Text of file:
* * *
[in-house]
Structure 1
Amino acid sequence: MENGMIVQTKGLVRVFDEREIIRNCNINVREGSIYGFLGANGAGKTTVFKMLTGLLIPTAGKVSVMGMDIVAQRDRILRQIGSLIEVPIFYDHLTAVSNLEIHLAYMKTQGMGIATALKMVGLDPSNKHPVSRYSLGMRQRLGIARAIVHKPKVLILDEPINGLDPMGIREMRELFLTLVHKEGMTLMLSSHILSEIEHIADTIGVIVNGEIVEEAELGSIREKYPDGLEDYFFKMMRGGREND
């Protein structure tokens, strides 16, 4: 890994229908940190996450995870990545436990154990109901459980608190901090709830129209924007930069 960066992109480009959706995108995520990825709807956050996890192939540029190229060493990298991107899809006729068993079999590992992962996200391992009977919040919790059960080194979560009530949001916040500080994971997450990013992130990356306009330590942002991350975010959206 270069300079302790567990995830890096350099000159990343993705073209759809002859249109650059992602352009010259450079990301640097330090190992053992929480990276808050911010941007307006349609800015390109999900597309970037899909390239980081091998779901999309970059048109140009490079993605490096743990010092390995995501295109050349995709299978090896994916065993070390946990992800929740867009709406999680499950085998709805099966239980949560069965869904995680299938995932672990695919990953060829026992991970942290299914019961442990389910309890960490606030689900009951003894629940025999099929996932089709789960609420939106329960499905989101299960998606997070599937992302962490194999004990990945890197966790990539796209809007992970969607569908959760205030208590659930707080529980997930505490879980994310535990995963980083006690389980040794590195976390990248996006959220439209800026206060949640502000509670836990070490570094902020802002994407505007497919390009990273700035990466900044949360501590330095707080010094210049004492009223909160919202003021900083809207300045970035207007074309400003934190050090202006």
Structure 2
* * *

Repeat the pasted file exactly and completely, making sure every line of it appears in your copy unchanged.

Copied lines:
[in-house]
Structure 1
Amino acid sequence: MENGMIVQTKGLVRVFDEREIIRNCNINVREGSIYGFLGANGAGKTTVFKMLTGLLIPTAGKVSVMGMDIVAQRDRILRQIGSLIEVPIFYDHLTAVSNLEIHLAYMKTQGMGIATALKMVGLDPSNKHPVSRYSLGMRQRLGIARAIVHKPKVLILDEPINGLDPMGIREMRELFLTLVHKEGMTLMLSSHILSEIEHIADTIGVIVNGEIVEEAELGSIREKYPDGLEDYFFKMMRGGREND
């Protein structure tokens, strides 16, 4: 890994229908940190996450995870990545436990154990109901459980608190901090709830129209924007930069 960066992109480009959706995108995520990825709807956050996890192939540029190229060493990298991107899809006729068993079999590992992962996200391992009977919040919790059960080194979560009530949001916040500080994971997450990013992130990356306009330590942002991350975010959206 270069300079302790567990995830890096350099000159990343993705073209759809002859249109650059992602352009010259450079990301640097330090190992053992929480990276808050911010941007307006349609800015390109999900597309970037899909390239980081091998779901999309970059048109140009490079993605490096743990010092390995995501295109050349995709299978090896994916065993070390946990992800929740867009709406999680499950085998709805099966239980949560069965869904995680299938995932672990695919990953060829026992991970942290299914019961442990389910309890960490606030689900009951003894629940025999099929996932089709789960609420939106329960499905989101299960998606997070599937992302962490194999004990990945890197966790990539796209809007992970969607569908959760205030208590659930707080529980997930505490879980994310535990995963980083006690389980040794590195976390990248996006959220439209800026206060949640502000509670836990070490570094902020802002994407505007497919390009990273700035990466900044949360501590330095707080010094210049004492009223909160919202003021900083809207300045970035207007074309400003934190050090202006």
Structure 2